English is mandatory for all students, no matter which secondary school they go to. They now even start it in primary school. French has lost popularity as it's hardly needed later for work. You have to do the Latinum if you want to study medicine later (or pharmaceutics or theology or archeology or...), so now many parents prefer it over French for their kids. I believe the requirements for ancient Greek have been lowered and you need that only for theology now, no longer for medicine, that once was quite the hurdle!

All the very best for you and your Mama {{{Peggy}}}

>50 EBT1002: I've read somewhere (here maybe??) that the slavic languages have more sounds than other European languages and therefore it's easier for those people to learn. All the hotels here have many Eastern European emplyoees in their service positions, and it's incredible how many languages they all speak well. German, Italian, French, Russian, often Spanish + their home language. And I read somewhere else that it's extremely difficult for the Romance speaking people to learn other languages, they don't get their ears used to them.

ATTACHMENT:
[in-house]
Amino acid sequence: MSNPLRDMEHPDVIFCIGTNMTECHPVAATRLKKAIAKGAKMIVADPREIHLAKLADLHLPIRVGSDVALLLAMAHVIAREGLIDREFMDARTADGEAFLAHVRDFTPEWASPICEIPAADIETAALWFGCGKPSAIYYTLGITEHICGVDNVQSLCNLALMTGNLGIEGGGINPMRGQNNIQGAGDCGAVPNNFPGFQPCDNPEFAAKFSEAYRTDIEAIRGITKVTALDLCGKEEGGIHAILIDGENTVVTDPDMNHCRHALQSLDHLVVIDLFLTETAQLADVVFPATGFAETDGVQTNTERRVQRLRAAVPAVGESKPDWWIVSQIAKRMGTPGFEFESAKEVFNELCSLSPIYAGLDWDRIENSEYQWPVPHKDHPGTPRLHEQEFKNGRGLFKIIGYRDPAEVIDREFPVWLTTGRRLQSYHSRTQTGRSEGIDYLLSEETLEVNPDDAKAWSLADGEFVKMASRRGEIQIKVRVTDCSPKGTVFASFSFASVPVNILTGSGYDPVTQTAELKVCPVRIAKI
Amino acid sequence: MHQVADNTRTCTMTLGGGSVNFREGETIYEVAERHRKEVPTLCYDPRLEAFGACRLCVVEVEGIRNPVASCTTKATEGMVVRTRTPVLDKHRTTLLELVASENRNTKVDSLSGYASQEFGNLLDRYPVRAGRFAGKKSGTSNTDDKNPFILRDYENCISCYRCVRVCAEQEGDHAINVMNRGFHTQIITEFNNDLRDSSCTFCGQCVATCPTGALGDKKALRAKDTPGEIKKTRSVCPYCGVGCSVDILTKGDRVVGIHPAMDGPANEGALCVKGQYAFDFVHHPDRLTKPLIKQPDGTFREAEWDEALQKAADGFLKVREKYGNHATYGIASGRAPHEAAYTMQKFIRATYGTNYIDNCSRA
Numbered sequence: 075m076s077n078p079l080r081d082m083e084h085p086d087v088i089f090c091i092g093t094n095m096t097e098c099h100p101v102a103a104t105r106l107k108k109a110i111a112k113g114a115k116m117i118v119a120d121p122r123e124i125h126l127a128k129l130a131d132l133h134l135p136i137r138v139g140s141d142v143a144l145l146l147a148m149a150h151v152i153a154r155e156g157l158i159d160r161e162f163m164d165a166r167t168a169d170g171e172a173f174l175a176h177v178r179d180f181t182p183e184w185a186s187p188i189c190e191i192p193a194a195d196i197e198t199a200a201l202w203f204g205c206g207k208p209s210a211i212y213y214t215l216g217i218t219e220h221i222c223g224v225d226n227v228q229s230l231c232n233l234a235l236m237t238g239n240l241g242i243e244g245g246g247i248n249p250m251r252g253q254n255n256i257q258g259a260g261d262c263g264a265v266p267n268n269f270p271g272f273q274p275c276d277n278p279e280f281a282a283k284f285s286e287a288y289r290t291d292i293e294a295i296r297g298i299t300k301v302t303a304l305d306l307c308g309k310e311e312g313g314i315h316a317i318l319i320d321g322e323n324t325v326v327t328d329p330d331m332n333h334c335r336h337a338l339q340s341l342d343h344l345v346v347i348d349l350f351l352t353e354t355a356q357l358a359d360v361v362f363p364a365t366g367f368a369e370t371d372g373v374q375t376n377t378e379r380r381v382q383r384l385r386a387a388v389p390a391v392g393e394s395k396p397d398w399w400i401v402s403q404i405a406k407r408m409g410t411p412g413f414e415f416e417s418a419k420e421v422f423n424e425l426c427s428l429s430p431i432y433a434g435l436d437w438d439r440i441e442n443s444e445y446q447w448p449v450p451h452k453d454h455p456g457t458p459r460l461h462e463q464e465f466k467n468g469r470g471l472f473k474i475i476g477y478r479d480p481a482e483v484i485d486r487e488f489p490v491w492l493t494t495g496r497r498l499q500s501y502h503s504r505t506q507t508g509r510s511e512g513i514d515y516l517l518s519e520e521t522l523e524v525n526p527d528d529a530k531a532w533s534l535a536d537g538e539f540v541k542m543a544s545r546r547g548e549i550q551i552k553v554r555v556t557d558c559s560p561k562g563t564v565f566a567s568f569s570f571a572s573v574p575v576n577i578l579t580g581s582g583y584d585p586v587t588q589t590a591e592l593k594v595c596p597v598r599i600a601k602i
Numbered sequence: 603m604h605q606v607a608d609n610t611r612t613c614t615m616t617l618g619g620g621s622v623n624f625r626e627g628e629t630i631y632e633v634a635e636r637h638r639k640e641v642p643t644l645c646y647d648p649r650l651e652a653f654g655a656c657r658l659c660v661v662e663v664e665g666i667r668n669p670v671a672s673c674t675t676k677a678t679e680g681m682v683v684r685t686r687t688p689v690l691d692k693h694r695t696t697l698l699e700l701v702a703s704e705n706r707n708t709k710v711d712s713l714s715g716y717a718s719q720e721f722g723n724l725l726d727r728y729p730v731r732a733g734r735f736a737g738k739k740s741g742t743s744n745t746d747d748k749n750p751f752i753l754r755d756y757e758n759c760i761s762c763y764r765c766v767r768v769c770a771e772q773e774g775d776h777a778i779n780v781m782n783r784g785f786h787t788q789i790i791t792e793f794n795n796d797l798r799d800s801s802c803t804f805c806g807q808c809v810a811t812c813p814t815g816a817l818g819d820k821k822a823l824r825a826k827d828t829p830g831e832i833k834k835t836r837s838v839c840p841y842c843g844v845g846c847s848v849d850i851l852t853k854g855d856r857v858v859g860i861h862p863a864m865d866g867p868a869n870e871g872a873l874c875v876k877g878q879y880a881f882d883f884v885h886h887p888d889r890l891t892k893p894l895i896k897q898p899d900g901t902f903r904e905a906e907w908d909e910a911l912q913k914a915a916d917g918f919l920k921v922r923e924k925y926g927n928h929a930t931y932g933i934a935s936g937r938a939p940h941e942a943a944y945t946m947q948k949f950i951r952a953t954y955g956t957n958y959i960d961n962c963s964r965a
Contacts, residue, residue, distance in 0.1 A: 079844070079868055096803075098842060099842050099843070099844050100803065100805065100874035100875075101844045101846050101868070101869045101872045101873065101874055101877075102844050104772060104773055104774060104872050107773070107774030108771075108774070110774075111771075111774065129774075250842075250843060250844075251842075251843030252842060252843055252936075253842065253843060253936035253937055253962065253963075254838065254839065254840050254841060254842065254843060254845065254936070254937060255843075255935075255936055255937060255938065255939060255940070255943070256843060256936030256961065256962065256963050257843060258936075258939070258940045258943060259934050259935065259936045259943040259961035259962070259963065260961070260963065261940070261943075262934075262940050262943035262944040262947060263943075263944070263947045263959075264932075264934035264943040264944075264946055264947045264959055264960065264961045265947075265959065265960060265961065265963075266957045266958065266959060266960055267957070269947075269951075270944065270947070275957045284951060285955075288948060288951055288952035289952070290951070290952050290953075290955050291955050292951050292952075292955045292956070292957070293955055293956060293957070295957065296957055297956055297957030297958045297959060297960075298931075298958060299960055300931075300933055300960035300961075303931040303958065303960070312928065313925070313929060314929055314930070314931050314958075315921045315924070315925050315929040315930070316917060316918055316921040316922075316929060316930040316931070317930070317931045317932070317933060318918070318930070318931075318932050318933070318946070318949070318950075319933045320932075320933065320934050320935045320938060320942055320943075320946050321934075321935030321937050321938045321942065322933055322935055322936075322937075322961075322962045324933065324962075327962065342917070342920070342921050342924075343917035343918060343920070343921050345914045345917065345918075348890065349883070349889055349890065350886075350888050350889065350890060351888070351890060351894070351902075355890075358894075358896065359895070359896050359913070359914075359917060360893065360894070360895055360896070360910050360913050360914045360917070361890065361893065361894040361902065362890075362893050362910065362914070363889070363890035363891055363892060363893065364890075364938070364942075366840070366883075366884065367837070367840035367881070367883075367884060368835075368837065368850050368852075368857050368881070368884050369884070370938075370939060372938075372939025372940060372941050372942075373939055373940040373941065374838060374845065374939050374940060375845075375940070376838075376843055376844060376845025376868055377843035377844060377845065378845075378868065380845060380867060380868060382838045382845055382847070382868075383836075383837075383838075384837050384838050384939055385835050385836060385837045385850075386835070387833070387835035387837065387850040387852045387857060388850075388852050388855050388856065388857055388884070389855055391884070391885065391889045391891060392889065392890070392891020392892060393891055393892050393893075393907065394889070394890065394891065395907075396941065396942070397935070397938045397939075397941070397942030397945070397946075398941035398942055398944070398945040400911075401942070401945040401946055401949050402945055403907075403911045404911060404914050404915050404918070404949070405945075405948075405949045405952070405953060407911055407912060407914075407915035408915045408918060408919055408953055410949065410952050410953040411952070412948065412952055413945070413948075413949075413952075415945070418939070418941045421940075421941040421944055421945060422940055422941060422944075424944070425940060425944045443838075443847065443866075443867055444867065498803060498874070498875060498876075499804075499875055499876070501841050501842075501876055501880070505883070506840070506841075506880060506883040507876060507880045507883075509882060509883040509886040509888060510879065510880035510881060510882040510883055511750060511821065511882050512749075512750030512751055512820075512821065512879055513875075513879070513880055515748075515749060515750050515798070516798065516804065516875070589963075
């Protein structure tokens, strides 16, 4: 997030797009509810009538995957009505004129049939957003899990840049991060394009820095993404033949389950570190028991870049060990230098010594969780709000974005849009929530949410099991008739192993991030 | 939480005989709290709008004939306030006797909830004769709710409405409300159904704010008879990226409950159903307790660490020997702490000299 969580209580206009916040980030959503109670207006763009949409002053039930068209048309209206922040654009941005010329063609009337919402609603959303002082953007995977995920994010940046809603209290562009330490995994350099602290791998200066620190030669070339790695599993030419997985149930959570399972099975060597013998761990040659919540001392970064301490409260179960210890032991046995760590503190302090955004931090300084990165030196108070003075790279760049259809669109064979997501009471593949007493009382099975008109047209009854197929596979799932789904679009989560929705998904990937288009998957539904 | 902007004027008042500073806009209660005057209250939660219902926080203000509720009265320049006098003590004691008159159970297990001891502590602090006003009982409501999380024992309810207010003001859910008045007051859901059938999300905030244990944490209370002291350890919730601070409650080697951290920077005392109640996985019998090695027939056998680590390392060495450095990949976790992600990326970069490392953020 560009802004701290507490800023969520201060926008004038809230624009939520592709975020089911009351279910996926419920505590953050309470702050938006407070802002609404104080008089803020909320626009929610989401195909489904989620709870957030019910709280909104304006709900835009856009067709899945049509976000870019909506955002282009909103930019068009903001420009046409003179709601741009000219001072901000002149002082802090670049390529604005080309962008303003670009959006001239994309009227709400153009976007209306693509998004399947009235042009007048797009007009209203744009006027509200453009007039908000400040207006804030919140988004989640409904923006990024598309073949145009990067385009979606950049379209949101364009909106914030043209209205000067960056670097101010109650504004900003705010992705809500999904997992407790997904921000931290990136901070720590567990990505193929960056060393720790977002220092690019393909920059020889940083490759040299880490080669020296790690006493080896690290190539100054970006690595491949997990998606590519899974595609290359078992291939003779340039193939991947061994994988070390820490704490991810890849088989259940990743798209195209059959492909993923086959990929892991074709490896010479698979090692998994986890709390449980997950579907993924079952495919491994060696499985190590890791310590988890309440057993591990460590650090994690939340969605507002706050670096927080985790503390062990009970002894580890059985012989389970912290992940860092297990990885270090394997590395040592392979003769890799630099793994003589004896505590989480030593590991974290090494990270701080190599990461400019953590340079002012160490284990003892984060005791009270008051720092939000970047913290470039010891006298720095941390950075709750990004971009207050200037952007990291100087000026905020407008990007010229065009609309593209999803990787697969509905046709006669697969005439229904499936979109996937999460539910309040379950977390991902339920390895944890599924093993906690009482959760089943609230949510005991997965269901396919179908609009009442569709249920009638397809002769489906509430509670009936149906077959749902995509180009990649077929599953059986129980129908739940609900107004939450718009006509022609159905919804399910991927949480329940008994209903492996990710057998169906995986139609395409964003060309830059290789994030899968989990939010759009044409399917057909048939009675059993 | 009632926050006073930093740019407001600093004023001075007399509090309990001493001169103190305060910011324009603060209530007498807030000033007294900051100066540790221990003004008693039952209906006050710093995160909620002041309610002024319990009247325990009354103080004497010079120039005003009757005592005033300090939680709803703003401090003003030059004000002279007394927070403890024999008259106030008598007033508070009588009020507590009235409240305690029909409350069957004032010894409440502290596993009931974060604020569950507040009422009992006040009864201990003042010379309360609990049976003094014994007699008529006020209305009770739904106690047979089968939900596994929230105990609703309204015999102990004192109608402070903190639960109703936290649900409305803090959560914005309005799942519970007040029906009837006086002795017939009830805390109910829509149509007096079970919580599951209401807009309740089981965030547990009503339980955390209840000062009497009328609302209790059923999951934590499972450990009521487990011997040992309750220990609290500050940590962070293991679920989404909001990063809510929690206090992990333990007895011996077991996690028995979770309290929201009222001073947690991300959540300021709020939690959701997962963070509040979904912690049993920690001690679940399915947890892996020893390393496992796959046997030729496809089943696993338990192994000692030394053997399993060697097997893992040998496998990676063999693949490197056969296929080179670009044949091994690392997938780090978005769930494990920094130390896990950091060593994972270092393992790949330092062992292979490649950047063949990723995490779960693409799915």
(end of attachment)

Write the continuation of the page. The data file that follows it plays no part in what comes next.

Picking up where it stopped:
Oct 9, 2017, 10:50pm Top

Thank you for good wishes for Mama and me, Nathalie!
I love all this language talk! We had no opportunity to learn a foreign language until 9th grade. I'm not sure what it's like for kids now, but here I'm willing to be that they don't get much early. It's not just ears that have a hard time; it's mouths too. Babies have the potential for any sound made by humans, but they lose the ones their mother tongues don't use. I do immediately remember French drills: "E E E E E E E" "OO OO OO OO OO OO OO " "EU EU EU EU EU EU EU" (Prepare your mouth for E but say OO instead.) Does that ring bells?
Meanwhile, I'm getting into White Mughals a little and am finding the 18th century English as foreign and strange as the Indians. It's maybe not as immediately good as From the Holy Mountain, but I'm liking it.

Oct 9, 2017, 11:20pm Top

Enjoying the language talk, Peggy.

I did my schoolboy french and a little bit of latin but not enough not to be normally non-plussed by the latter.

I am proficient in spoken Bahasa Melayu which is incredibly useful here but less so the moment I climb on board an aeroplane.

Edited: Oct 12, 2017, 9:42am Top

Hi Peggy and happy Tuesday to you.